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Monday, February 27, 2012
And the lord said unto the servant. "Go out into the highways and hedges..."
It has been a while since I have been around to write, as I have been waiting on a printer before I write too much as I do copy these articles and save them in a large book I have in my office. But, after the first of the year and with a new job and all, I have been catching up on some reading. Anyone who has followed these posts enough knows I am a person of varied interests (perhaps too many!). However, one of those interests has been ongoing for many years and I wanted to finally move it forward to the next level. Today, that is what I want to talk about.
I of course became a fully sacramental Catholic just over 16 years ago, and I would not trade that for anything, as the sacramental aspect of my faith has enriched me so much. But, I also have another side - it has roots in the Appalachian Holiness tradition I grew up in, and although I am not formally part of it anymore, it is still an integral part of my history, and a lot of it is good. Many of the Holiness churches I grew up around were independent fellowships, many of which had no denominational structure whatsoever - churches like Rev. Jeff Carbaugh's little Pentecostal church my step-grandmother attended in Falling Waters, WV, as well as the Sycamore Grove Church just outside of Parsons, WV (where I was born) and Calvary Temple in Mount Storm, which was for years pastored by a very dedicated minister named Pastor Wesley Georg who used to broadcast on local radio. The unfortunate thing about so many of those tiny congregations was that they never properly recorded their history, and what a loss that was - they, more so than big Pentecostal groups like the Assemblies of God, represent the essence of what Pentecostals started out as. Therefore, I have had this interest over the years in finding out about some of these little groups and churches, and in doing so I have uncovered a rich legacy of faith that oftentimes the history books neglect. Some of these are independent congregations that are basically self-contained autonomous units, while others are small fellowships of congregations over a given area, but they all have pretty much the same traits - they are generally small in number (megachurches are unknown among them, as a congregation of 50 is oftentimes considered large by their standards), are generally pretty conservative doctrinally, and they are largely rural or small-town congregations (although a few are in the cities too). As I learned more about many of these groups, a number of them have caught my attention in particular, and they are the ones I have spent a lot of time tracking down and getting to know. In the days that come, I hope to get together some material to begin focusing on some of these groups as a bit of a project, and being I am starting back to graduate school early next year, they will also be the core of my thesis. And, now the project has a name - Highways and Hedges!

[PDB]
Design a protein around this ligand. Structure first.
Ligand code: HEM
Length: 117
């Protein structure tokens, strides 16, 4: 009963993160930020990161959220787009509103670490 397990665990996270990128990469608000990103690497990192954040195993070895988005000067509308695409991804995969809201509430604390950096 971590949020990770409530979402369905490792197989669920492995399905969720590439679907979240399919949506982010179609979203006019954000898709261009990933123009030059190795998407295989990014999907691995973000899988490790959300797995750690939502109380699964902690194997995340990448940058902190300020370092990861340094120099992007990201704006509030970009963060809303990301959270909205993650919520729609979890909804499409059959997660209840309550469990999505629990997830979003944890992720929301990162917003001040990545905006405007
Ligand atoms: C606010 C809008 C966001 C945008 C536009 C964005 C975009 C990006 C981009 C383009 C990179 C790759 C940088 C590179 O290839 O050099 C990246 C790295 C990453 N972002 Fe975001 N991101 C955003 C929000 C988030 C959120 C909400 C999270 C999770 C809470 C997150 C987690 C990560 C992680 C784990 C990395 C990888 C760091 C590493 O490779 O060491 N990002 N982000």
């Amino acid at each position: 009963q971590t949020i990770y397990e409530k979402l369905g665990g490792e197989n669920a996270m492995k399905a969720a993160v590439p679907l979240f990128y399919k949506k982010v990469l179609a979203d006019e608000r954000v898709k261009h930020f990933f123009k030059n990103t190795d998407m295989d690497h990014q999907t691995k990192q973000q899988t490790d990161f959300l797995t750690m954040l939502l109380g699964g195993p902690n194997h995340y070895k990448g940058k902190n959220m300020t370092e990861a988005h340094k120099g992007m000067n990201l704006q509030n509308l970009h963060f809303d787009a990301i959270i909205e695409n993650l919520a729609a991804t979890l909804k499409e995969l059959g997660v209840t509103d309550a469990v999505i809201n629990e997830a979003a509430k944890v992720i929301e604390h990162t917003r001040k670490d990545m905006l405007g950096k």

I chose this name because in reality a lot of times you have to go into the proverbial "highways and hedges" to find these churches and fellowships, and sometimes the hedge can be thick to penetrate too! Some of these groups I am still coming up empty on - I know they are out there, and that they exist, but it takes some work making the initial contact and getting material from them. But, it makes the project more fun. And, for pretty much all of the contacts I have made, I have met and befriended many wonderful people in these groups that I still keep in touch with. Obviously, they are not perfect - they are small churches and have their problems and issues just like anyone else, and they themselves are very honest about that fact - but their sincerity is inspiring and they have been a witness to me of their own faith. Therefore, that is why I want to tell their story. In the months and years to come, it will also mean a lot of interviews, visiting a lot of revivals and campmeetings, and of course lots of photos for the project, which of course will require funding. I am in the process now of making some applications for grants and endowments to take this project to the next level, but this too will take time as well. And, it of course will take a lot of prayers, which is what I ask of you now who read this. And, unlike many projects and books where the initiating scholars are often detached from their projects and research, this will not be the case - the campmeetings for instance, are something that will be spiritually beneficial to us, and I am going to be treating these people as my fellow Christians and not merely as some lab rats to be observed through a fishbowl. And, it means being honest with them - I won't agree with them on everything to be sure, but that doesn't mean I can't appreciate and respect them either. Too many people think that all these churches are exactly alike - they are Pentecostals or Holiness, so there is supposed to be some uniform stereotype according to such people. Nothing could be further from the truth - many of these groups I will be focusing on are groups that have their own histories, many of them are regional fellowships that are part of the identity of where they are located, and some of them have colorful stories behind their origins and growth. And, they are not like your typical First Assembly of God or charismatic megachurch either - a lot of times these little groups view the bigger ones as worldly and apostate, and they lament the fact (as do I) that some of these larger Pentecostal denominations have lost their way. Many of them were at one time part of a bigger group like the Assemblies or the Church of God, but as modernization crept into these bigger bodies, many of these people felt displaced and felt that the only way to preserve who they truly are was to pull out of the bigger denomination. There are many small, strong Assemblies and Church of God congregations in the same area too, many of whom are indistinguishable from the independent fellowships in practice, but they manage to hang on as part of the larger group. It is one thing that makes American Pentecostalism as colorful and interesting as it is, but unfortunately it is a source of shame and contention to the bigger denominations who seek to find "respectability" and often do not like to be reminded of what they came from, and these small churches remind them loudly! I think it is a good thing though - many "mainline" denominations have lost something as they seek to follow the fads and fashions, essentially focusing on the quantity of the church rolls that make them look good in front of the denominational brass, rather than focusing on quality discipleship to make solid church people. It is a scandal in American Christianity, and I believe one of the reasons why our nation is experiencing so many problems today - we have strayed from and fotgotten our roots. However, these little rural independent fellowships represent a remnant, a ray of hope, in the midst of the spiritual desert much of American Christianity has gotten itself lost in, and perhaps by sharing the testimony of the "little people" of the Church to the wider Body, it can be a witness and a challenge to the rest of us. So, this project has a spiritual as well as an academic purpose.